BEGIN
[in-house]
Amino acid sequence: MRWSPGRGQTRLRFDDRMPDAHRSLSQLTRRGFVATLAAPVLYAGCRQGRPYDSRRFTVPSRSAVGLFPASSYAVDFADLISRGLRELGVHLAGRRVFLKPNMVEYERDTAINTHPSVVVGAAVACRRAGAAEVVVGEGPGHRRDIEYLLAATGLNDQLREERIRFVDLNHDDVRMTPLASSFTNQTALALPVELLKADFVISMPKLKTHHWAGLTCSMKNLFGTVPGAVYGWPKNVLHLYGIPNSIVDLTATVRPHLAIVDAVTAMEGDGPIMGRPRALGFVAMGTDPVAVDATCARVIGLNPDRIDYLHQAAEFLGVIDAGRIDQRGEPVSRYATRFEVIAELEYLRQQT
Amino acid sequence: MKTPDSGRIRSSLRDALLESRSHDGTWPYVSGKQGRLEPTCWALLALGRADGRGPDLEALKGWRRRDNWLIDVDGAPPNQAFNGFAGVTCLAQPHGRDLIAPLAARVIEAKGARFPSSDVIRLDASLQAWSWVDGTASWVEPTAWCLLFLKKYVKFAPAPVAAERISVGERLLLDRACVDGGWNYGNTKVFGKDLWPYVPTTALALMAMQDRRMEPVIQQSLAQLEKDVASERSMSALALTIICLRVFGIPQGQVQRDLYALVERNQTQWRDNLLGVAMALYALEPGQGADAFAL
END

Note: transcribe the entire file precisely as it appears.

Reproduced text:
[in-house]
Amino acid sequence: MRWSPGRGQTRLRFDDRMPDAHRSLSQLTRRGFVATLAAPVLYAGCRQGRPYDSRRFTVPSRSAVGLFPASSYAVDFADLISRGLRELGVHLAGRRVFLKPNMVEYERDTAINTHPSVVVGAAVACRRAGAAEVVVGEGPGHRRDIEYLLAATGLNDQLREERIRFVDLNHDDVRMTPLASSFTNQTALALPVELLKADFVISMPKLKTHHWAGLTCSMKNLFGTVPGAVYGWPKNVLHLYGIPNSIVDLTATVRPHLAIVDAVTAMEGDGPIMGRPRALGFVAMGTDPVAVDATCARVIGLNPDRIDYLHQAAEFLGVIDAGRIDQRGEPVSRYATRFEVIAELEYLRQQT
Amino acid sequence: MKTPDSGRIRSSLRDALLESRSHDGTWPYVSGKQGRLEPTCWALLALGRADGRGPDLEALKGWRRRDNWLIDVDGAPPNQAFNGFAGVTCLAQPHGRDLIAPLAARVIEAKGARFPSSDVIRLDASLQAWSWVDGTASWVEPTAWCLLFLKKYVKFAPAPVAAERISVGERLLLDRACVDGGWNYGNTKVFGKDLWPYVPTTALALMAMQDRRMEPVIQQSLAQLEKDVASERSMSALALTIICLRVFGIPQGQVQRDLYALVERNQTQWRDNLLGVAMALYALEPGQGADAFAL